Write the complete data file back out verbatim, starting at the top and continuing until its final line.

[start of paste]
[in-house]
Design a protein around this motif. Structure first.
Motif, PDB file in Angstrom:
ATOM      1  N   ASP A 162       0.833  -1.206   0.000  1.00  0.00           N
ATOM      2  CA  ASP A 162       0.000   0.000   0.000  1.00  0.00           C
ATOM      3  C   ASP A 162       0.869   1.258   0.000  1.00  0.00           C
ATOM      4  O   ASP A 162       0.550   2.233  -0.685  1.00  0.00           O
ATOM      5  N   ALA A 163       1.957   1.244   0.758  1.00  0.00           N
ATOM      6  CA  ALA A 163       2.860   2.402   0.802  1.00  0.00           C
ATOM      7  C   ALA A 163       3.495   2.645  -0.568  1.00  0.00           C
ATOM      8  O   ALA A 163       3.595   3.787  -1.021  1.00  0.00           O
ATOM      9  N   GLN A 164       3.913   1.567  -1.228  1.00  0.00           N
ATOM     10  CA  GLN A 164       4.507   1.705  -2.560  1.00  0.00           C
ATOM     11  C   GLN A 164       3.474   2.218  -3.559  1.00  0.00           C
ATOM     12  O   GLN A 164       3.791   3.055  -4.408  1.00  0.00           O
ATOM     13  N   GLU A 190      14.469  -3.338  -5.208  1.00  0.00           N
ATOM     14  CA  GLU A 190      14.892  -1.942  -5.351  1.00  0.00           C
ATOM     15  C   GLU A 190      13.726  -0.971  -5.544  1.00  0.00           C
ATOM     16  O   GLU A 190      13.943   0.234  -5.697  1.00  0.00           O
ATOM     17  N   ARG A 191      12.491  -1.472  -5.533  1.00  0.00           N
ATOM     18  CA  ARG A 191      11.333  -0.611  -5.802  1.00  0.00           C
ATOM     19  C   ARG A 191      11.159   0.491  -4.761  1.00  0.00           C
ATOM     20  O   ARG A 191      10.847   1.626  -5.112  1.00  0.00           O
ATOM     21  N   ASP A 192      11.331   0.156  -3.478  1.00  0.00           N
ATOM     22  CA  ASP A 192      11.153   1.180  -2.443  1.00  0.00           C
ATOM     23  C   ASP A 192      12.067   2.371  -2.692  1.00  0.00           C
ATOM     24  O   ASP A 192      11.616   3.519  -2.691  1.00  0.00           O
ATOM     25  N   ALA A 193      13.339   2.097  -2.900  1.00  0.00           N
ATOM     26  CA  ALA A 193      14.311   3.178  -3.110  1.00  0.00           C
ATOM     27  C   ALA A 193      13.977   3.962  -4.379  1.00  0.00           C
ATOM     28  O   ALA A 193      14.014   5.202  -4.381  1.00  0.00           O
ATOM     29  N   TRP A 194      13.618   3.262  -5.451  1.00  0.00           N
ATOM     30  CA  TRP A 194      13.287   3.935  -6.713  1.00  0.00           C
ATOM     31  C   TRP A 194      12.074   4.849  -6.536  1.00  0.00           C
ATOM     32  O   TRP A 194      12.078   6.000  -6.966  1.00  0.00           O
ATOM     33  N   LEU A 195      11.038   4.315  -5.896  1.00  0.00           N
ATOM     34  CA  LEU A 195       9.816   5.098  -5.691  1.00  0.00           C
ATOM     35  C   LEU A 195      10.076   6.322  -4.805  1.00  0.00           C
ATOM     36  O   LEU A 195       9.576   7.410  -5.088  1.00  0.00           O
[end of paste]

[in-house]
Design a protein around this motif. Structure first.
Motif, PDB file in Angstrom:
ATOM      1  N   ASP A 162       0.833  -1.206   0.000  1.00  0.00           N
ATOM      2  CA  ASP A 162       0.000   0.000   0.000  1.00  0.00           C
ATOM      3  C   ASP A 162       0.869   1.258   0.000  1.00  0.00           C
ATOM      4  O   ASP A 162       0.550   2.233  -0.685  1.00  0.00           O
ATOM      5  N   ALA A 163       1.957   1.244   0.758  1.00  0.00           N
ATOM      6  CA  ALA A 163       2.860   2.402   0.802  1.00  0.00           C
ATOM      7  C   ALA A 163       3.495   2.645  -0.568  1.00  0.00           C
ATOM      8  O   ALA A 163       3.595   3.787  -1.021  1.00  0.00           O
ATOM      9  N   GLN A 164       3.913   1.567  -1.228  1.00  0.00           N
ATOM     10  CA  GLN A 164       4.507   1.705  -2.560  1.00  0.00           C
ATOM     11  C   GLN A 164       3.474   2.218  -3.559  1.00  0.00           C
ATOM     12  O   GLN A 164       3.791   3.055  -4.408  1.00  0.00           O
ATOM     13  N   GLU A 190      14.469  -3.338  -5.208  1.00  0.00           N
ATOM     14  CA  GLU A 190      14.892  -1.942  -5.351  1.00  0.00           C
ATOM     15  C   GLU A 190      13.726  -0.971  -5.544  1.00  0.00           C
ATOM     16  O   GLU A 190      13.943   0.234  -5.697  1.00  0.00           O
ATOM     17  N   ARG A 191      12.491  -1.472  -5.533  1.00  0.00           N
ATOM     18  CA  ARG A 191      11.333  -0.611  -5.802  1.00  0.00           C
ATOM     19  C   ARG A 191      11.159   0.491  -4.761  1.00  0.00           C
ATOM     20  O   ARG A 191      10.847   1.626  -5.112  1.00  0.00           O
ATOM     21  N   ASP A 192      11.331   0.156  -3.478  1.00  0.00           N
ATOM     22  CA  ASP A 192      11.153   1.180  -2.443  1.00  0.00           C
ATOM     23  C   ASP A 192      12.067   2.371  -2.692  1.00  0.00           C
ATOM     24  O   ASP A 192      11.616   3.519  -2.691  1.00  0.00           O
ATOM     25  N   ALA A 193      13.339   2.097  -2.900  1.00  0.00           N
ATOM     26  CA  ALA A 193      14.311   3.178  -3.110  1.00  0.00           C
ATOM     27  C   ALA A 193      13.977   3.962  -4.379  1.00  0.00           C
ATOM     28  O   ALA A 193      14.014   5.202  -4.381  1.00  0.00           O
ATOM     29  N   TRP A 194      13.618   3.262  -5.451  1.00  0.00           N
ATOM     30  CA  TRP A 194      13.287   3.935  -6.713  1.00  0.00           C
ATOM     31  C   TRP A 194      12.074   4.849  -6.536  1.00  0.00           C
ATOM     32  O   TRP A 194      12.078   6.000  -6.966  1.00  0.00           O
ATOM     33  N   LEU A 195      11.038   4.315  -5.896  1.00  0.00           N
ATOM     34  CA  LEU A 195       9.816   5.098  -5.691  1.00  0.00           C
ATOM     35  C   LEU A 195      10.076   6.322  -4.805  1.00  0.00           C
ATOM     36  O   LEU A 195       9.576   7.410  -5.088  1.00  0.00           O